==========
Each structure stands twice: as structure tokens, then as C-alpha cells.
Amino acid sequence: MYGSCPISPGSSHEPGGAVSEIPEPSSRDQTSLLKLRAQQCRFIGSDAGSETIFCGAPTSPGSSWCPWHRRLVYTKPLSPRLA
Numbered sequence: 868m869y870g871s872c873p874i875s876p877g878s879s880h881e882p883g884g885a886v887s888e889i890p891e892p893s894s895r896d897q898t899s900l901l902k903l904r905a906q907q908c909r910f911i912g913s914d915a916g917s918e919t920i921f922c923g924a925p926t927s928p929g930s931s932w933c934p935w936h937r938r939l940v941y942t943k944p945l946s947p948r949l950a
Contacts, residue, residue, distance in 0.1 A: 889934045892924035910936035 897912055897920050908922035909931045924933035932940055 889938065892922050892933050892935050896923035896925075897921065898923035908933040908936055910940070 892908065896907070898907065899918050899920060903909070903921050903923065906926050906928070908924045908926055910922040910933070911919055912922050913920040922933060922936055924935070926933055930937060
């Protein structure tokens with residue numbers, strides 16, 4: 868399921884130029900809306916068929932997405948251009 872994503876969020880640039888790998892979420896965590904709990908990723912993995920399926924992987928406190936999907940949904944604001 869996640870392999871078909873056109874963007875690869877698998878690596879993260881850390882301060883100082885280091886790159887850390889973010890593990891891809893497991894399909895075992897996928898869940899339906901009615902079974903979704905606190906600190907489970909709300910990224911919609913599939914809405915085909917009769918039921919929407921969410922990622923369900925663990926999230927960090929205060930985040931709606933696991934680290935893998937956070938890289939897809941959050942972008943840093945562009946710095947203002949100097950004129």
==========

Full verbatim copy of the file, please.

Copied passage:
Each structure stands twice: as structure tokens, then as C-alpha cells.
Amino acid sequence: MYGSCPISPGSSHEPGGAVSEIPEPSSRDQTSLLKLRAQQCRFIGSDAGSETIFCGAPTSPGSSWCPWHRRLVYTKPLSPRLA
Numbered sequence: 868m869y870g871s872c873p874i875s876p877g878s879s880h881e882p883g884g885a886v887s888e889i890p891e892p893s894s895r896d897q898t899s900l901l902k903l904r905a906q907q908c909r910f911i912g913s914d915a916g917s918e919t920i921f922c923g924a925p926t927s928p929g930s931s932w933c934p935w936h937r938r939l940v941y942t943k944p945l946s947p948r949l950a
Contacts, residue, residue, distance in 0.1 A: 889934045892924035910936035 897912055897920050908922035909931045924933035932940055 889938065892922050892933050892935050896923035896925075897921065898923035908933040908936055910940070 892908065896907070898907065899918050899920060903909070903921050903923065906926050906928070908924045908926055910922040910933070911919055912922050913920040922933060922936055924935070926933055930937060
């Protein structure tokens with residue numbers, strides 16, 4: 868399921884130029900809306916068929932997405948251009 872994503876969020880640039888790998892979420896965590904709990908990723912993995920399926924992987928406190936999907940949904944604001 869996640870392999871078909873056109874963007875690869877698998878690596879993260881850390882301060883100082885280091886790159887850390889973010890593990891891809893497991894399909895075992897996928898869940899339906901009615902079974903979704905606190906600190907489970909709300910990224911919609913599939914809405915085909917009769918039921919929407921969410922990622923369900925663990926999230927960090929205060930985040931709606933696991934680290935893998937956070938890289939897809941959050942972008943840093945562009946710095947203002949100097950004129």